Overwatch 2 Game Review

Was Blizzard’s revamp of one of their strongest titles worth the wait?


Image retrieved from Overwatch.com

     Three years ago, Blizzard Entertainment, the company behind the Warcraft, Diablo, and Starcraft series, announced the sequel to Overwatch, their multiplayer first-person shooter game. The game was a critical success at launch, but in its six years of life, the game has fallen.


     Mired in controversy, Blizzard as a company has struggled greatly over the last few years. Some speculate that the original Overwatch 2 announcement, which came during backlash for Blizzard’s ban of a Hong Kong native Overwatch player who expressed his support for his country in its fight against China, was a way to distract the public. How long it took for players to see any more news on the sequel and the fact that the original game of Overwatch would not see any major updates for the next two years adds weight to this theory.


     But now it is here, and though the basic concept of the game has not changed, there have been some major updates that change how that goal is accomplished.


Non-Gameplay Related Changes:

     The loot boxes have been removed from the game and have been replaced with a battle pass and rotating shop. Now achievements like leveling up, gaining a new endorsement level, or playing a game as a “role in need” are rewarded with battle pass points instead of a free loot box, which feels lackluster in comparison to the old system.


     The battle pass itself costs ten dollars and consists of 80 regular tiers. It has old cosmetic types like skins, emotes, and voice lines, but it also has new items like weapon charms, souvenirs, and titles. However, it is missing something that most other games with battle passes have, which is a free currency that can be used towards purchasable cosmetics or buying the next season’s battle pass.


      Blizzard has added a rotating shop that features old and new skins. The downside is that the rotations are random, and the cosmetics themselves feel incredibly overpriced. Most skins cannot be bought alone and, instead, are part of a bundle- and they are not cheap. Many also enter the shop already discounted, which makes it seem even more exploitative.


Gameplay-Related Changes:

     The second tank role has been removed from the game, making it five players to each team instead of six players to each team. This one change alone has caused a serious shift in the way the game is played. Roles like support no longer have an off-tank to rely on for their protection, so they must rely on the DPS or themselves to make sure they survive against flankers. For the DPS who did not previously have this as a primary task, it’s a difficult switch, and everyone playing the game can feel it.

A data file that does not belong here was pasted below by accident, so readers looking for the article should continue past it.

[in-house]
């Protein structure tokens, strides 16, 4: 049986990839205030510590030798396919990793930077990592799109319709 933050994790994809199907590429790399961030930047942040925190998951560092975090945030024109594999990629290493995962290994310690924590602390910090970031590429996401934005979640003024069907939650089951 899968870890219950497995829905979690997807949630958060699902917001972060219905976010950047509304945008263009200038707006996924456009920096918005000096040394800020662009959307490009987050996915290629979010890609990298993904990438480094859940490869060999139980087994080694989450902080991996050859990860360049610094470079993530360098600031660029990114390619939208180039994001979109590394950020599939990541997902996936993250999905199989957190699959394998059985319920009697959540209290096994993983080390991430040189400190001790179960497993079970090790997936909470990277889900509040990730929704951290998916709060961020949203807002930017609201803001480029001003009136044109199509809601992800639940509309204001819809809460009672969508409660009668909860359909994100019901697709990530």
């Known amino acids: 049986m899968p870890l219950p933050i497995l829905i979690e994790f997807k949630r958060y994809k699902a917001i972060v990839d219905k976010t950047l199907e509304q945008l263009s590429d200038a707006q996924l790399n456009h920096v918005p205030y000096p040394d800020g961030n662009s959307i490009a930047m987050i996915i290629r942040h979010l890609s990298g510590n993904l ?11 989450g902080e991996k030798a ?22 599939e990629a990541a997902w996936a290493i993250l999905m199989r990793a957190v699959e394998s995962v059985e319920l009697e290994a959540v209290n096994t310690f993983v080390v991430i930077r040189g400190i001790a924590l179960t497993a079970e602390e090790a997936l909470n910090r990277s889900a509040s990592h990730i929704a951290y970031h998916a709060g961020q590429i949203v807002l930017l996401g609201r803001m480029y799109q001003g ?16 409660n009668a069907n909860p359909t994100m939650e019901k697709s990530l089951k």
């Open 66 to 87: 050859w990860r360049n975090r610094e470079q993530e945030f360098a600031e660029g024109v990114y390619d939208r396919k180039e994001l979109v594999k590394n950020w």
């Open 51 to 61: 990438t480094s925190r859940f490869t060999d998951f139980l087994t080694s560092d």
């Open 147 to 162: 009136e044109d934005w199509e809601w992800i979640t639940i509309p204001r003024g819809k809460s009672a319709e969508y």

On top of the removal of the second tank, individual heroes and roles have changed. All heroes that are not tanks have lost any hard crowd control effects they used to have. Cassidy’s flashbang is now a sticky bomb, Mei can no longer freeze people unless she uses her ult, and Brigitte’s shield bash only slows the enemy omit instead of stunning them. These changes are yet another reason that DPS, or damage characters, are finding it difficult to successfully protect their supports against flanking enemies.


     Most of the tanks received some tweaking to make them effective as a solo role. Some, like Orisa, received massive overhauls, while others, like Sigma, were not touched at all. Doomfist is a tank now instead of a DPS for some reason.


Final Thoughts:

     Overall, the Overwatch 2 update could have been an email. The biggest part of it, and the reason we were given for it being a sequel game instead of just a major patch, was the addition of a PvE story mode, but that has been delayed until early 2023. 


     The changes we did get don’t feel polished and considering the number of game-breaking bugs that have been found since launch, they probably weren’t. The game doesn’t feel as rewarding to play as it used to. It used to be that you could play for hours and not feel it, but now you are lucky if you can get through two without wanting to throw your keyboard or controller. 


     As someone who has been playing the game since it first launched in 2016, I’m starting to feel like we’re never going to get that back, and that would be okay if what we were getting instead was anything to write home about. Still, with the game now being free to play, it is possible Blizzard will be able to keep a solid player base. Maybe one day, we will get a game that lives up to its original potential.